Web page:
Picking a Successful Name for Your Baby

Can choosing the right name for your children really make or break their career later in life?

| June 28th, 2012

"Sesame Street" may promise to make your babies smarter, but your children's success could also depend on what you name them.

Studies have shown a relationship between names and résumé success, the types of career paths chosen—even whether or not a child will be recognized as gifted early on in school.

And let’s be honest—talking about names is just plain fun.

To find out the names that are most likely to ensure future success academically, professionally and, eventually, financially, we spoke to Pamela Redmond Satran, co-creator of Nameberry, a baby-naming site based on the ten books she co-authored with Linda Rosenkrantz.

Here are the six things Satran says matter most when it comes to naming a future billionaire/CEO/President of the United States—or whatever title you attribute success to.

1. Think About the Unique Factor

“Names that are unusual can be an advantage, especially in creative businesses and fields. Names that would get your child noticed in Hollywood or the art world are often unique and stand out on their own,” says Satran.

The New York Times reports that many parents are now doing a quick Google search of their child’s potential first name and last name to see how common the combination is (not to mention whether the name already belongs to a “serial killer, pornography star or sex offender”).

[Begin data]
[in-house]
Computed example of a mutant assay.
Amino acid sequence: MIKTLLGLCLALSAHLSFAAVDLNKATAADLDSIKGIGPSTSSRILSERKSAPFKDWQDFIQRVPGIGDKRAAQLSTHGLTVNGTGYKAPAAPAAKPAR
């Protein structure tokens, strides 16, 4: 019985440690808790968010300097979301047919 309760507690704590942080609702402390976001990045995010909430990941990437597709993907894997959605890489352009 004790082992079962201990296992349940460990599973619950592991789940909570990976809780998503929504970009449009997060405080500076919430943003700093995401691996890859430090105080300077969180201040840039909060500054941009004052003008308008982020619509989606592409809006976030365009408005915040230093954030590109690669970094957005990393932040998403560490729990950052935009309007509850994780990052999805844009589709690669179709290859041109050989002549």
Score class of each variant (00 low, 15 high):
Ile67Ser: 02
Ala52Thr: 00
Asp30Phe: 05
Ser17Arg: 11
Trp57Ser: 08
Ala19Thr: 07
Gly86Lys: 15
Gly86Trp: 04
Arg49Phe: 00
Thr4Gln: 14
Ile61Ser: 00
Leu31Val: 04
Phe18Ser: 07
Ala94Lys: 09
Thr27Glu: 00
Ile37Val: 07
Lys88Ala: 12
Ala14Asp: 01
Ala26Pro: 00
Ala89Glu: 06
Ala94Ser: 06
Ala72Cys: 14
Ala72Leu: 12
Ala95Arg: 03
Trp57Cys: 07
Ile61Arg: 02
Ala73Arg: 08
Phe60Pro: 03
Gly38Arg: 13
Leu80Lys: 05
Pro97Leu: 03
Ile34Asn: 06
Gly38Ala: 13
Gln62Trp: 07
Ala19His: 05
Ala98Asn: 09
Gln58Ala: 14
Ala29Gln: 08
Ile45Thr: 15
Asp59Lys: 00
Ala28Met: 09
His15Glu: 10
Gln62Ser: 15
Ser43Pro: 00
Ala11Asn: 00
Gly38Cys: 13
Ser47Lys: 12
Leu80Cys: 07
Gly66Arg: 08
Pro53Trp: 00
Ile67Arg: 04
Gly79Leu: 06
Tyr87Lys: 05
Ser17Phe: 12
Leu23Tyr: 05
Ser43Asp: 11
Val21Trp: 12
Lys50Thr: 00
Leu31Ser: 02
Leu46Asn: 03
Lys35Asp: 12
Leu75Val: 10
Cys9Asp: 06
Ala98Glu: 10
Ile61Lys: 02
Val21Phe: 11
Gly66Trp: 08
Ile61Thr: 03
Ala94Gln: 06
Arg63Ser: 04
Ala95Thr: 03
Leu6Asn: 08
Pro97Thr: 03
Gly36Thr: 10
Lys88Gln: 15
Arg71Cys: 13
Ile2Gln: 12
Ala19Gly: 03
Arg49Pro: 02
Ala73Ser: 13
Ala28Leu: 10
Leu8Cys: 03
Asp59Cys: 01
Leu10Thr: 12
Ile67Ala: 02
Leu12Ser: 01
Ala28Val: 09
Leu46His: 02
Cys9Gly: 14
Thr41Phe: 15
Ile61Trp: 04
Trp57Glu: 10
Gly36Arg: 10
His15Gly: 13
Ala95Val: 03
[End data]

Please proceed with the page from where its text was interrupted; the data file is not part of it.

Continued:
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Choosing a unique name will ensure your child will eventually rise to the “top of future search results,” writes The Times. So it stands to reason that doing a quick Google search for potential name combinations to make sure there aren’t 1,000 other prominent people with the same name could be beneficial. If it turns out that there are, it might be a good idea to consider choosing another favorite first name on your list.

One thing to avoid? Creating your own variation on the name through unconventional spelling choices. “Olivia’s a popular name, so you see some parents creating variations, like ‘Alyvia,’” says Satran. “This is basically never a good idea. People will always be misspelling your child’s name, and they’ll assume that you, as the parent, didn’t know how to spell the name correctly … which doesn’t reflect well on you or your child.”

2. Pick a Name Without Ethnic or Cultural Associations

“Traditional names likes Caitlin, Claire, William and Henry are not necessarily associated with a particular class or ethnic group and are socially acceptable to a wider range of people,” says Satran. “This makes them easier to understand in a corporate setting.”

Additionally, a study published in the American Economic Review titled “Are Emily and Greg More Employable Than Lakisha and Jamal?” found that applicants with names perceived to be more common in the black community received 50% fewer callbacks after sending résumés than applicants who sent out identical résumés with “white-sounding” names. It’s regrettable, we agree, but we’re just reporting the facts.

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